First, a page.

On the assumption that he meant “fomenting”, does that mean that in addition to being economically illiterate, he is also literally illiterate?
Christopher Monniot, Leeds, West Yorkshire

Every day a day at school spot: fermenting  ~ to stir up somebody or something, or be stirred up;
~ to cause or stir up trouble or rebellion.

Hm, a subtle but crucial difference. Nice one, Christopher Monniot.

Spell-cheque corner: ‘Monniot’, as in Christopher Monniot, author of the above letter, came up as ‘Monitor’, which, given the contents of said missive, is somewhat spooky.  


Thursday, September 24th

            Trouble with tattoos

“Honestly Mr Beckham, Sir, this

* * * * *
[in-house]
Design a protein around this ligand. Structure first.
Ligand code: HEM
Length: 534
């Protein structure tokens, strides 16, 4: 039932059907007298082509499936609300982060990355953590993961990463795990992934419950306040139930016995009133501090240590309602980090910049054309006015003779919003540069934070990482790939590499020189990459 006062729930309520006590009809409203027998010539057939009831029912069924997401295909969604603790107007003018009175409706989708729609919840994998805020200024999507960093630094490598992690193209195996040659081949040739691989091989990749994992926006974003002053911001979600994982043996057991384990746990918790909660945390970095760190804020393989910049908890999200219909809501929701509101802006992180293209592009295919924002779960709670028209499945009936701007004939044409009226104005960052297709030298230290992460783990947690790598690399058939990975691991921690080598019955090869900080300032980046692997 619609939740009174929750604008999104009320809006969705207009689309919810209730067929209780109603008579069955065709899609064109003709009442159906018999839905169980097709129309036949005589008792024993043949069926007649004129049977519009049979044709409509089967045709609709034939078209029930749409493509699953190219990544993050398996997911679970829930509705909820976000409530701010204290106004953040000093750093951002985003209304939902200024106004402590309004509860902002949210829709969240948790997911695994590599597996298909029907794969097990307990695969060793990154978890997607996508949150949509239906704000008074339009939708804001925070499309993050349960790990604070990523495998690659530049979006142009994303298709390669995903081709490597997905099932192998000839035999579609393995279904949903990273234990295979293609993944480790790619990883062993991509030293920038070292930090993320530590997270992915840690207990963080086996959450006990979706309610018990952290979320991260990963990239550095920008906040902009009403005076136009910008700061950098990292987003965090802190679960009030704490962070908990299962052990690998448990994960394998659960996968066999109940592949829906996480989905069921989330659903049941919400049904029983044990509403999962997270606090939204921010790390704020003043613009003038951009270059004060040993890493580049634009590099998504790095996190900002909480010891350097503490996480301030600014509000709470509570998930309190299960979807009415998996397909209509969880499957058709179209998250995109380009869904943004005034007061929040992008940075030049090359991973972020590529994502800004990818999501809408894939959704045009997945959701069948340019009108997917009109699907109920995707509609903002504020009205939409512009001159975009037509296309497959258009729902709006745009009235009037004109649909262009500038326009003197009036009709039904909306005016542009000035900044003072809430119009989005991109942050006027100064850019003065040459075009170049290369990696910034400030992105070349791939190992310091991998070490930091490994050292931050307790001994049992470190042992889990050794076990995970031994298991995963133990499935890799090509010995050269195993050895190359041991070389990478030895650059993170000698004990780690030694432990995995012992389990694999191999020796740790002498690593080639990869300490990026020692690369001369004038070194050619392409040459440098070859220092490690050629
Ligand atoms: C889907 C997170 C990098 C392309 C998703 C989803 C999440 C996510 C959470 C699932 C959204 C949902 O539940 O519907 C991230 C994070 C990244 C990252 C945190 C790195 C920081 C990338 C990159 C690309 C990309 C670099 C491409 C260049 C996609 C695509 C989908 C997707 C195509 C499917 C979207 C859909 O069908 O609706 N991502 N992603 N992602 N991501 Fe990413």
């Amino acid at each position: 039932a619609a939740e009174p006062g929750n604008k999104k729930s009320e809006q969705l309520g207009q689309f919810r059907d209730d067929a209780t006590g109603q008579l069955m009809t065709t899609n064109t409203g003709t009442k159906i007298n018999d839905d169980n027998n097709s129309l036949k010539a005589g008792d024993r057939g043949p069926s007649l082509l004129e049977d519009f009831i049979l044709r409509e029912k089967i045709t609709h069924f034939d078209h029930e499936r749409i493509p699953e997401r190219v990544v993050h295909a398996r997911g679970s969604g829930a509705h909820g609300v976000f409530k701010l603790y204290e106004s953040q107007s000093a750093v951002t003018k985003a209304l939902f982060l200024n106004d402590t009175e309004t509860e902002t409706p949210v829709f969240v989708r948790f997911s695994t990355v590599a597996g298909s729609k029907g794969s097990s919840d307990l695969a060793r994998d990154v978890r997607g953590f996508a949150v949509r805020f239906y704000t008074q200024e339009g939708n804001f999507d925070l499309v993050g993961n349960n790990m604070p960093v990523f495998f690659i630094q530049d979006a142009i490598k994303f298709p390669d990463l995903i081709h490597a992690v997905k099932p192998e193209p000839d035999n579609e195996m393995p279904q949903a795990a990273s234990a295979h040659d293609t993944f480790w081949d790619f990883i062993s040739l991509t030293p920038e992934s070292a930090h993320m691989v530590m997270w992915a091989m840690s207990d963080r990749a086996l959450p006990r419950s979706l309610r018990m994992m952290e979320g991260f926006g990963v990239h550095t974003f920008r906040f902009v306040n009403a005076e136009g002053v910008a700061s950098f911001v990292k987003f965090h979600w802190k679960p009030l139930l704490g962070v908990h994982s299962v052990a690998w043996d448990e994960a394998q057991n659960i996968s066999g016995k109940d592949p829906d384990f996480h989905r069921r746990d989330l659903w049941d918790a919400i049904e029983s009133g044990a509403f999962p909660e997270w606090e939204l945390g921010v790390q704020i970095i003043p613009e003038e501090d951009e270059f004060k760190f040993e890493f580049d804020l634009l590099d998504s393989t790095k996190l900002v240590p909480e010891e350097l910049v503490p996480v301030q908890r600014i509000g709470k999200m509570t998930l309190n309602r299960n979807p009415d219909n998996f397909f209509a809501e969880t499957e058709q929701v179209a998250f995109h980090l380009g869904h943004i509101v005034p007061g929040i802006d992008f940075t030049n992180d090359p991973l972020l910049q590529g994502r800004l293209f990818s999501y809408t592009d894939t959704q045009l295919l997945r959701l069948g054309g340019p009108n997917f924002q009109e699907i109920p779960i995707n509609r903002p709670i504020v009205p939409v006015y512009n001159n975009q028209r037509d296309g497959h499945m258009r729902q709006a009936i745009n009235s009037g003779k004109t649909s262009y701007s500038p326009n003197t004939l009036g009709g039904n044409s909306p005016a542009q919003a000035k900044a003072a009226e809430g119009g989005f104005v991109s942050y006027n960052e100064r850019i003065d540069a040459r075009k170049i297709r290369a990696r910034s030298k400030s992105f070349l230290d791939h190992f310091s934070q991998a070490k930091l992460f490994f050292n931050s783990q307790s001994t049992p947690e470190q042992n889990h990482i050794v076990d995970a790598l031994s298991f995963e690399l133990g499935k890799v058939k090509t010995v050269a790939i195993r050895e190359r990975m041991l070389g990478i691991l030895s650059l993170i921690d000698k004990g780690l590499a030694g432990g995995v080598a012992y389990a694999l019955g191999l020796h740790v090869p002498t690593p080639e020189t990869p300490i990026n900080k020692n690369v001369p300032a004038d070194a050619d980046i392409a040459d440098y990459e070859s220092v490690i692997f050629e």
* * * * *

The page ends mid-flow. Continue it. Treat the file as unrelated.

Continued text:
Sanskrit stuff is a nightmare.”

SIR - The health risks associated with tattoos have been well-known to doctors for many years.
     Successive editions of Rook’s Textbook of Dermatology since 1968 have each devoted several pages to these dangers, which include infection, allergic reactions to pigment and skin diseases such as lichen planus, psoriasis and sarcoidosis.
     The problem is that tattooists don’t publicise these risks, and the fashionable young don’t care.
Professor John L Burton of Somerset in a letter to The Daily Telegraph

That missive flashed through my mind when I read this quote:

  “I want to start with something meaningful but I will probably end up looking like my dad ... and dad’s not happy about me being cooler than him.” Brooklyn Beckham, 16, is catching the tattooing habit from father David.

Well, Brooklyn me old son, if you want to be truly fashionable and mega cooler than your dad, then stay clean because if what I read is true, then ever increasing numbers of the fashionable are desperate to de-ink.